Streaming 2D Games to PS4 Morpheus Is Possible But is it Wanted?

With Microsoft’s partnership announcement with Oculus yesterday and the notion of being able to stream Xbox One games to the Oculus Rift using the integrated Windows 10 operating system, there’s wonder if Sony will follow similar plans with its Morpheus virtual reality headset which also aims to release next year in 2016. Looking at the current state of play, it’s obvious the infrastructure is already in place and the technology capable of delivering 2D VR experiences to head mounted display devices. If we look at the currently available Samsung Gear VR which is powered by the Galaxy Note 4 or recently released S6/S6 Edge mobile phones, these already have the option to stream video content using applications such as Milk VR. Sony is already testing the waters with its Playstation Now rental service which allows users to rent games and stream them without having to download or utilize the PS4 hardware in the same way as actually installing and running the game locally. With this ideal in mind it seems it’s an obvious step forwards to offer the service using Morpheus as well. Whether this could extend to PS4 titles is up for debate, but if we look at how creating a VR environment on mobile devices is possible, then with the added power of the PS4 should be feasible in theory and to go even further the possibility of having them display directly to Morpheus. The question has to be asked though, is this what gamers want or expect from VR?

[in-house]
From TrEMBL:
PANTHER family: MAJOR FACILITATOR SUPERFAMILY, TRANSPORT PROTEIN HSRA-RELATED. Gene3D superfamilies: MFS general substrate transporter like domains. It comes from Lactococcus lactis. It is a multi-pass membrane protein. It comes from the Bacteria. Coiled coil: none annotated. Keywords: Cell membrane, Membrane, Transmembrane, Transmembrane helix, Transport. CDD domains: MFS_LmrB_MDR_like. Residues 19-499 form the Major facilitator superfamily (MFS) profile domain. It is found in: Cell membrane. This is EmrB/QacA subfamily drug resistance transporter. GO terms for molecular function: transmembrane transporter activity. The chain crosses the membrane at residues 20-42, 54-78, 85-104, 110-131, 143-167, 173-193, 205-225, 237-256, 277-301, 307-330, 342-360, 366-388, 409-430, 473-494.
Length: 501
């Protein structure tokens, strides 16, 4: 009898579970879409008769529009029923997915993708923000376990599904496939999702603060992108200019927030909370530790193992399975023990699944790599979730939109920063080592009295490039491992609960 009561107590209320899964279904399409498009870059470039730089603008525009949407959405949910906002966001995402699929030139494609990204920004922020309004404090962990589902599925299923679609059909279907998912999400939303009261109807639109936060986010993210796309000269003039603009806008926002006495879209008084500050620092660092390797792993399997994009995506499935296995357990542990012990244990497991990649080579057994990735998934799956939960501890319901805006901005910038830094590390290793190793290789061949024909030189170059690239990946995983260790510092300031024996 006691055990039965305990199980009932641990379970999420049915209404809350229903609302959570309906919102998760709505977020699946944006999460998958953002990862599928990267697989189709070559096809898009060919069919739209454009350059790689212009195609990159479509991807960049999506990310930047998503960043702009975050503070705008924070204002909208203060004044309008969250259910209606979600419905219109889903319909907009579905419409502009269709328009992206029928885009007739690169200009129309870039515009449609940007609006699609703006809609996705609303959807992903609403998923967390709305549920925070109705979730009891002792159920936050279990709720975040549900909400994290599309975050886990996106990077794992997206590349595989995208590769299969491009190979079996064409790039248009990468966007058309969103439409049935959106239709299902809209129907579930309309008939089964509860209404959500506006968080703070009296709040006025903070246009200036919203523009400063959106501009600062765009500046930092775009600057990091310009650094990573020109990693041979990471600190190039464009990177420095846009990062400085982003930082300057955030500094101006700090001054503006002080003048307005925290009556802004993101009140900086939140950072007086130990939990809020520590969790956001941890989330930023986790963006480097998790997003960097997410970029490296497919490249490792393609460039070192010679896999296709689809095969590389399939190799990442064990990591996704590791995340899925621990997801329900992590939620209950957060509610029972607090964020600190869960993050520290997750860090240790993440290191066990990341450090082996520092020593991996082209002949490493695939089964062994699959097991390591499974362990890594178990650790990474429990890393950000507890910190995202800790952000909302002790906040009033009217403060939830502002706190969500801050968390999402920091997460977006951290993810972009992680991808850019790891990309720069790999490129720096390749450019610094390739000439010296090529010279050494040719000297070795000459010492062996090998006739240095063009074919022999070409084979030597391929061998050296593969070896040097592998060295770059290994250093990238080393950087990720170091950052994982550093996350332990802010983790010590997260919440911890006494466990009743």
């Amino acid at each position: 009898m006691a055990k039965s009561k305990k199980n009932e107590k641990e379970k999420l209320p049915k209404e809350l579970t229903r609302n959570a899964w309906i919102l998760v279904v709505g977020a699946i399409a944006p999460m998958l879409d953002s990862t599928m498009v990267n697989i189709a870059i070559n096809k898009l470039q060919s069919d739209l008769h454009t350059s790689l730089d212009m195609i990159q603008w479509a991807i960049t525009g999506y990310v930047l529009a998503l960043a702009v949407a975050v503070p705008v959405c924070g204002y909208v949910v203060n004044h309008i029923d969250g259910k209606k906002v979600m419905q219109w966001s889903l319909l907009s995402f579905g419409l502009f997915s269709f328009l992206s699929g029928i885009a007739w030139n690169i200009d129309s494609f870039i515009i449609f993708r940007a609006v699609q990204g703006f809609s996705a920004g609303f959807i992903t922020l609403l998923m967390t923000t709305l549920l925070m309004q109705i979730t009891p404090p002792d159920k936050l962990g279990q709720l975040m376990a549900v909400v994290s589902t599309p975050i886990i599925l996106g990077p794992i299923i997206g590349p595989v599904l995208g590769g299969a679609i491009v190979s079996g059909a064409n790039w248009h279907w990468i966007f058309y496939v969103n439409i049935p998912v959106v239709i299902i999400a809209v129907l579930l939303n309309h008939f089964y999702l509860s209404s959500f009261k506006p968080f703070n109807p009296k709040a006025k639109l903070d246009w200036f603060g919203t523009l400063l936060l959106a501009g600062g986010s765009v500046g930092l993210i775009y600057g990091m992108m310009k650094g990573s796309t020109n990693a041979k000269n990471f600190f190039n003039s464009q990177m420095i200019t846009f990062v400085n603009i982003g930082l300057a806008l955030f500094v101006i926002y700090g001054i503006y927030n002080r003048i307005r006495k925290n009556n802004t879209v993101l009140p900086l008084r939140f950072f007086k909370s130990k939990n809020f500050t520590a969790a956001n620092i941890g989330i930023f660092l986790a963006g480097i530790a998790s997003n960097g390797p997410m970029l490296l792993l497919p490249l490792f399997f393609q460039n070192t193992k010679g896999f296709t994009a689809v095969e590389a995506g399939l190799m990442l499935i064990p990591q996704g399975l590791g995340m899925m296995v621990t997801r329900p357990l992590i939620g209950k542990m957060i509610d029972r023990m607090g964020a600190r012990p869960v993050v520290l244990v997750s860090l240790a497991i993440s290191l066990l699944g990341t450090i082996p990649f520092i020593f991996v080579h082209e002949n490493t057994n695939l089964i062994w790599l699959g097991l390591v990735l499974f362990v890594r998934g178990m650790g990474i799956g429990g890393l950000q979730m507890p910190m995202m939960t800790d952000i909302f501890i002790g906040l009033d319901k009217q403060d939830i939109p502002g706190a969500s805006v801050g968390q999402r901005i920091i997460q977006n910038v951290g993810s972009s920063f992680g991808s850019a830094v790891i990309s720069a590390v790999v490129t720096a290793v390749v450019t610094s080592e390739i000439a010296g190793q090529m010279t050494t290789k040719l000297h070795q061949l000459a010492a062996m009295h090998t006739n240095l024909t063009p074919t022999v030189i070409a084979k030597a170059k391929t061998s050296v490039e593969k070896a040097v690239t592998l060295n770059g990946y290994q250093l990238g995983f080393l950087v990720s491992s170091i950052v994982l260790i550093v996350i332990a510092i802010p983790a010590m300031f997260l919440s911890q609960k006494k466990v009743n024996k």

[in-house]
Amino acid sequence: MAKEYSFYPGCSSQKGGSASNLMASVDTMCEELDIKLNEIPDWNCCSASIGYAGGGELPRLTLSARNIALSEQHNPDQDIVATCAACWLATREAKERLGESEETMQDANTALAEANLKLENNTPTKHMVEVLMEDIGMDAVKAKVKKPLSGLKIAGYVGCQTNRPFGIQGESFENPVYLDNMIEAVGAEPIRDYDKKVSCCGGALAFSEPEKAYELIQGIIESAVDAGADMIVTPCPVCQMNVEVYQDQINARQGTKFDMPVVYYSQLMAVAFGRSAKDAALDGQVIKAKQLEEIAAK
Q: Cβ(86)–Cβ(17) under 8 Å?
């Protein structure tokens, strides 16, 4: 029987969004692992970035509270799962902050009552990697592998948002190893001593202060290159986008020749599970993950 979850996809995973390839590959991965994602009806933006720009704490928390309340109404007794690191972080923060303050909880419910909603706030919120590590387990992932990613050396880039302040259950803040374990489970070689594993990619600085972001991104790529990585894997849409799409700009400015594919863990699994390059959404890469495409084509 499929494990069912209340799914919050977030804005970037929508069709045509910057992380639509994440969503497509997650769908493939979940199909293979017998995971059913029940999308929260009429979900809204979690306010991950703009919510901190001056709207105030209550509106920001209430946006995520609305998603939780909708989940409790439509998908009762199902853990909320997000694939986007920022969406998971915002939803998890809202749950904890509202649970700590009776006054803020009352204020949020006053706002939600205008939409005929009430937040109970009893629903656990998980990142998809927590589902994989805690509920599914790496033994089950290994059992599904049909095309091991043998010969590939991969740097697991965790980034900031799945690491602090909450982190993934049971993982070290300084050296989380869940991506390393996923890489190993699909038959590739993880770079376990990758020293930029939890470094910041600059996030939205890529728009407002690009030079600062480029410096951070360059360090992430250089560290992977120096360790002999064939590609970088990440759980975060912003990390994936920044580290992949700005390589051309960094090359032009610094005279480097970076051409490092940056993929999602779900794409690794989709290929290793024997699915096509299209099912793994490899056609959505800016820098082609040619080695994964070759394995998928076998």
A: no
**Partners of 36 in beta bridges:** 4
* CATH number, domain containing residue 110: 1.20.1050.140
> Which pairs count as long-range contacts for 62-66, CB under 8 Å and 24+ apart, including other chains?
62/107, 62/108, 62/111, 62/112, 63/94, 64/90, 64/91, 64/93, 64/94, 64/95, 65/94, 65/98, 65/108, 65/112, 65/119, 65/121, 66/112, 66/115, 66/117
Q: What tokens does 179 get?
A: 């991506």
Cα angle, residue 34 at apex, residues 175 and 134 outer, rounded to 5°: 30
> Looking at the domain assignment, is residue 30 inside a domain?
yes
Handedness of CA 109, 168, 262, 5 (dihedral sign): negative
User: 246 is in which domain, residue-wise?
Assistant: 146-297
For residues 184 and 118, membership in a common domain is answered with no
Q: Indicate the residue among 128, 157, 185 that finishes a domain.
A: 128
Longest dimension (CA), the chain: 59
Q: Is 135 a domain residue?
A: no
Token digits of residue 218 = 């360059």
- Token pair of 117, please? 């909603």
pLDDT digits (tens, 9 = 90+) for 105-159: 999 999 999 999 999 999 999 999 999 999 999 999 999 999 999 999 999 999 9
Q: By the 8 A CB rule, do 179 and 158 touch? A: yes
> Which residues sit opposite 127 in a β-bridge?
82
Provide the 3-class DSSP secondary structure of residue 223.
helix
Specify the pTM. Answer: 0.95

The biggest hurdle for VR games is maintaining consistent high frame rates and rendering two images to create fully immersive 3D experiences. This has been proven to require quite a bit of processing power, hence why we’re seeing relatively high specs CPU/GPUs requirements for the Oculus Rift and HTC Vive. It’s also why we’ve not seen high quality graphics in the VR games that are currently available for the Gear VR. However, in replicating 2D content which does not require as high resources, it’s highly probable that this is something more obtainable as an added feature alongside fully fledged VR experiences. As with any new tech, there’s always an initial gestation period where content is lacking during the launch period, so having a feature that does not require huge development resources makes sense and is something that could be offered right out of the gate – hence the Microsoft/Oculus announcement yesterday. In this regard it makes sense that Sony would follow suit and produce a home cinema screen VR app that allows gamers the option of switching to the larger screen to play their favourite games. With Microsoft focusing on its AR Holo Lens device, yesterday’s announcement comes as no surprise but does mean Xbox One owners looking for a VR experience will need a Windows 10 PC to jump in. Sony has an advantage here with its well established Morpheus plans leaving the ball firmly in its court but only time will tell how much they use this considering VR is quite a hard sell at the moment.